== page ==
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Apple just obsoleted the Mac and nobody noticed

Photo: Roberto Baldwin/The Next Web

Craig Federighi, Apple’s senior vice president of software engineering, unveils OS X Yosemite to the world at WWDC 2014. Photo: Roberto Baldwin/The Next Web

With iOS 8 and OS X Yosemite, Apple is finally showing us its idea of how we’ll compute in the future. Perhaps not surprisingly, this pristine vision of our computing destiny — unveiled after years of secret, patient and painstaking development — aligns perfectly with how we currently use our computers and mobile devices.

The keynote at this year’s Worldwide Developers Conference earlier this month not only showed off a new way to think about computing, based on data not devices, but also silenced pretty much every criticism leveled at the company over the past few years.

Let’s take a look at Apple’s new way of doing things, which fulfills Steve Jobs’ post-PC plan by minimizing the importance of the Mac.

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Eddy Cue: There was no reset period at Apple after Jobs’ death

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Despite the fact that Steve Jobs didn’t want Apple to become a company in which people were constantly asking themselves “What Would Steve Do?” after his death, it was inevitable that people would compare Apple under Tim Cook to Apple under its legendary co-founder.

Asked about that topic during an interview with Walt Mossberg and Kara Swisher at yesterday’s Re/code Code Conference — and specifically whether there had been a “reset” period following Jobs’ death —  Eddy Cue commented that:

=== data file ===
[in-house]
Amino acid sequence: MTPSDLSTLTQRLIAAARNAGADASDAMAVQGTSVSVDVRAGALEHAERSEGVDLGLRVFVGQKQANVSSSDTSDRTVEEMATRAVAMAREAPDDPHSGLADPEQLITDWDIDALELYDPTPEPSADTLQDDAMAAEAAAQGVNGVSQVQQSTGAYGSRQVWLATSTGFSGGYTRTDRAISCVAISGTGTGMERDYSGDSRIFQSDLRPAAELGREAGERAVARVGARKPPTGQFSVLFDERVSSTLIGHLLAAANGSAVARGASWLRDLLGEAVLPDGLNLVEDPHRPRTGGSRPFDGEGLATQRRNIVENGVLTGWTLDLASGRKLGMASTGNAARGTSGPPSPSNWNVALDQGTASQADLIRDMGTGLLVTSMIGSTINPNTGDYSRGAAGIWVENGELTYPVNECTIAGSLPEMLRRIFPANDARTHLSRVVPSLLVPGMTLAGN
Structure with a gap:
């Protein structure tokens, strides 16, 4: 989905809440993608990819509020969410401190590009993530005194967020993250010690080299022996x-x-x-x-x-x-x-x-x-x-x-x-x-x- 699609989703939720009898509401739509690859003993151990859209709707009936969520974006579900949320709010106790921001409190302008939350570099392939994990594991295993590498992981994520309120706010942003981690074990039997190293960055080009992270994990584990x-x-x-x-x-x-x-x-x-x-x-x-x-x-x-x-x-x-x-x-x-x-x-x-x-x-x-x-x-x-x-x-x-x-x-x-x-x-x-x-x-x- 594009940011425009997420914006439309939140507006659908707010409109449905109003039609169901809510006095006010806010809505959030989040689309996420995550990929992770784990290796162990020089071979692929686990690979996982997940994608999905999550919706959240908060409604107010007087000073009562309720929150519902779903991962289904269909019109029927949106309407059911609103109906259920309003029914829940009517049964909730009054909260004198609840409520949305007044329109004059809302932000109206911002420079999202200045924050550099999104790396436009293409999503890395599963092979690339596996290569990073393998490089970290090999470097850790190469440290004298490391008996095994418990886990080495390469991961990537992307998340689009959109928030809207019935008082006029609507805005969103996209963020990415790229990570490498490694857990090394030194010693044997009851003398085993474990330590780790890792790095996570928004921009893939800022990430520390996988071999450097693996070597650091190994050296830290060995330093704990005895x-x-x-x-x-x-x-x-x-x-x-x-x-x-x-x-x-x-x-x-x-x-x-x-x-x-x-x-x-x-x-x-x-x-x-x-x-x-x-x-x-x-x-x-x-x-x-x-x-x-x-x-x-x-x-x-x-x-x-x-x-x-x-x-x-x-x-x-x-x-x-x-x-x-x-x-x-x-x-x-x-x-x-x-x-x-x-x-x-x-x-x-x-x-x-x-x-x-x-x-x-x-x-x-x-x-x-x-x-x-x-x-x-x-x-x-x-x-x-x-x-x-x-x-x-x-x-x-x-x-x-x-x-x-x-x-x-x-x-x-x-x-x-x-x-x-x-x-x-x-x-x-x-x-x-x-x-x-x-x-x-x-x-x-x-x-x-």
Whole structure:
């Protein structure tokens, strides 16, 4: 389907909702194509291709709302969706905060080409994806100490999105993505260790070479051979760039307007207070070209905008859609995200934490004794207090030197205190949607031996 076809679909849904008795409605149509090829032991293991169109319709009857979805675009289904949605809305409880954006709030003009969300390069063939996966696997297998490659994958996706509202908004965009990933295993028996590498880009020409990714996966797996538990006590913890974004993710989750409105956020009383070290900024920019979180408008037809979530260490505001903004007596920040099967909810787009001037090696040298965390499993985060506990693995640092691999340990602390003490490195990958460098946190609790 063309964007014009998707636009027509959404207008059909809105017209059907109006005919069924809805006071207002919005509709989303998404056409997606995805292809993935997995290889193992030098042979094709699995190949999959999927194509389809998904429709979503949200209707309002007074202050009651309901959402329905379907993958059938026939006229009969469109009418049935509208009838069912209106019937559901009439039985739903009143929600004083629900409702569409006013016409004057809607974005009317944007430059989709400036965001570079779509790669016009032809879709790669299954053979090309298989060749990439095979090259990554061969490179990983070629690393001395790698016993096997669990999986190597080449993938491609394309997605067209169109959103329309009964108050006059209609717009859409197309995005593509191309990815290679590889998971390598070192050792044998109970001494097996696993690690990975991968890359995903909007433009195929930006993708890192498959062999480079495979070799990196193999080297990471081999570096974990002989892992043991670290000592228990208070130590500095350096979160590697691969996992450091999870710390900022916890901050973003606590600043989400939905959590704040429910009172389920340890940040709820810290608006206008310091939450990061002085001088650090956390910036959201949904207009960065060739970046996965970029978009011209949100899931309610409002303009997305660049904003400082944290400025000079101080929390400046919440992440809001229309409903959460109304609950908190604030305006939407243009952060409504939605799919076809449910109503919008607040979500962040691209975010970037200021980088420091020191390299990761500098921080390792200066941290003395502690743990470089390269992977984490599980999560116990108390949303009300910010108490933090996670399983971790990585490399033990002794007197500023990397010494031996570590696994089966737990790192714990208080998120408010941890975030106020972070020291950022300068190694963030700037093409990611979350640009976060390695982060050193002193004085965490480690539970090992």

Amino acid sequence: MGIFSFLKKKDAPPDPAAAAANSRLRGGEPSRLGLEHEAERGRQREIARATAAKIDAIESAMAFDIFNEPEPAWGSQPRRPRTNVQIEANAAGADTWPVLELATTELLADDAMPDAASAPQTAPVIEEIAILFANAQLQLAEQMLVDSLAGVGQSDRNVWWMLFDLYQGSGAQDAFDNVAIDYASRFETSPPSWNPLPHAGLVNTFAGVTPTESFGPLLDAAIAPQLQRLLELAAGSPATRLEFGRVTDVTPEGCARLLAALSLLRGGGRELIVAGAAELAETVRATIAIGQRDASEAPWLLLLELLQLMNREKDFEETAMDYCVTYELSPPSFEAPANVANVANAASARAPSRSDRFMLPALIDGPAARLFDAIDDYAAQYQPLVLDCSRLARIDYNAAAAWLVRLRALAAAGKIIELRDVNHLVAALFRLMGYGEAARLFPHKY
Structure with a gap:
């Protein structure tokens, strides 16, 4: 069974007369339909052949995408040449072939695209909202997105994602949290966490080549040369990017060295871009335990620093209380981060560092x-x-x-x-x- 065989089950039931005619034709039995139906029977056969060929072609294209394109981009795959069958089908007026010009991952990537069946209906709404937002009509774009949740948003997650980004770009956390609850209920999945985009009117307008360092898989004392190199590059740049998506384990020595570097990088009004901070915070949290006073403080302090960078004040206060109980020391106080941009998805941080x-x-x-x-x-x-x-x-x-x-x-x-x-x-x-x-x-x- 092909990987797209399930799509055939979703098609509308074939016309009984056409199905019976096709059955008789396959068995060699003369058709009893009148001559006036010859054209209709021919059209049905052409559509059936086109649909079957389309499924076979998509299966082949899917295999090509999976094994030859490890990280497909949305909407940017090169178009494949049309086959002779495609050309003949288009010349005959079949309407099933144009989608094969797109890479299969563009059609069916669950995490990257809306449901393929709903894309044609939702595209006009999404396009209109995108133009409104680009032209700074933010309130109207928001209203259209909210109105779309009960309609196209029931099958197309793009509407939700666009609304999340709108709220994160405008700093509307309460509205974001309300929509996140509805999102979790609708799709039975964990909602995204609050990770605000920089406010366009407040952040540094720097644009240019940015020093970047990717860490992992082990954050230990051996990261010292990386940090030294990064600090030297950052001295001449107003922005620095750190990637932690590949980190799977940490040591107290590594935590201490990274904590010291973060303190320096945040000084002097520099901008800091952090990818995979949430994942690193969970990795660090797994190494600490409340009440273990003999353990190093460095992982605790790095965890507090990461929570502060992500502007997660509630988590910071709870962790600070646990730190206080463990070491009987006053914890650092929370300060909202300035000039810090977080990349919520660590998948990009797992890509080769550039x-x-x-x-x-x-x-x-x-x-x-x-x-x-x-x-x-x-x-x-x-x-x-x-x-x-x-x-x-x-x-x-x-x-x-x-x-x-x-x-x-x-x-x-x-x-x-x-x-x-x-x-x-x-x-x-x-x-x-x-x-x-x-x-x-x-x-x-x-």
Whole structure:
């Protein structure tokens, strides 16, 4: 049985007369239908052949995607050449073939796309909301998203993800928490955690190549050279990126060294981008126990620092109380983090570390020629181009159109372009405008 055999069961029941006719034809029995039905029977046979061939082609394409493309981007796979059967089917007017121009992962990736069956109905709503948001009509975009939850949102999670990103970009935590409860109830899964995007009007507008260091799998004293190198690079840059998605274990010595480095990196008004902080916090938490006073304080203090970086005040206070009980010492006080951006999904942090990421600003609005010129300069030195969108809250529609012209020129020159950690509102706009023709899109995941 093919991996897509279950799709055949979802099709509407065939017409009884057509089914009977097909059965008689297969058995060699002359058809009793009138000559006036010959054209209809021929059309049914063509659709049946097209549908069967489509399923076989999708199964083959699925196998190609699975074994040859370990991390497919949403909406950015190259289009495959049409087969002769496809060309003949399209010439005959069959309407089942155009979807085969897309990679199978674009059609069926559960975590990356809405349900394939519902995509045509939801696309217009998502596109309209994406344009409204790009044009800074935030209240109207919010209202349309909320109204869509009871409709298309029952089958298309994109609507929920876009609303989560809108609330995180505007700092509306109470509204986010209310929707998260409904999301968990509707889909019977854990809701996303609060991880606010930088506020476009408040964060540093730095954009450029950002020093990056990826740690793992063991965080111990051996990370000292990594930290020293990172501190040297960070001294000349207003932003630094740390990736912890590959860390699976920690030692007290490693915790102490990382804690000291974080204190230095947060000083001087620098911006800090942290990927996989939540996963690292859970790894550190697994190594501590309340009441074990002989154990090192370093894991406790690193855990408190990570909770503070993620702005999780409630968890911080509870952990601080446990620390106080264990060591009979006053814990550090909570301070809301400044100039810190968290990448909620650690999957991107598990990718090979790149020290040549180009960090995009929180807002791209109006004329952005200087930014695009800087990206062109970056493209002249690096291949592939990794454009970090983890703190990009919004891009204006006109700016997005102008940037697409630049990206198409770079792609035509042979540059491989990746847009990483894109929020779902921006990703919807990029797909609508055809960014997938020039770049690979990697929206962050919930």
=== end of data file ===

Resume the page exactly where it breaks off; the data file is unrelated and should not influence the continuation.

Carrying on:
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9 things every Apple fan should do at WWDC 2014

Coding marathons, packed parties and more fanboys than should be legally permissible in one building await developers when Apple’s Worldwide Developers Conference kicks off in San Francisco next week, and while the conference is serious business for most devs, who says you can’t have a little bit of fun too?

WWDC rips into high gear with a keynote on June 2nd followed by days of coding sessions, high-profile speakers, hands-on labs and tons of get togethers for developers of all sizes and backgrounds.

Sneaking in time to tour San Francisco is nearly impossible thanks to the stuffed scheduled at WWDC and nearby AltConf, but whether you’re coming to WWDC as a first timer or a seasoned vet, here are nine things every Apple fan must do at least once while visiting the Bay Area.

Japanese ministry is on the hunt for the next Steve Jobs

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I don’t need to tell the readers of a blog called Cult of Mac that Steve Jobs could be brilliant. Nor, if you’ve read much about Jobs’ life, do you likely need to be informed that he could sometimes be a little unhinged — whether that meant berating co-workers, or bursting into tears because the design for a forthcoming product didn’t totally live up to his expectations.

A good case can, in fact, be made for the fact that these two qualities went hand-in-hand: that treating the creation of a personal computer or a smartphone as if life depended on it was what made, and still makes, Apple products great.

Taking this idea into consideration, a new plan by Japan’s Ministry of Internal Affairs and Communications seeks to find the country’s next great technology mogul who is just a bit “hen” — the Japanese word for odd, weird, or crazy.

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How Steve Jobs taught everyone (even Apple’s engineers) to care about design

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It is often said that what separates Apple from companies like Samsung and Sony is that at Apple, design is law. Other companies put engineering first.

But that’s not true, according to former Apple senior designer and user experience evangelist Mark Kawano. Speaking to Fast Company’s design site, Co.Design, Kawano says that Apple is still an engineering first company.

The difference? Every engineer at Apple knows how to think like a designer.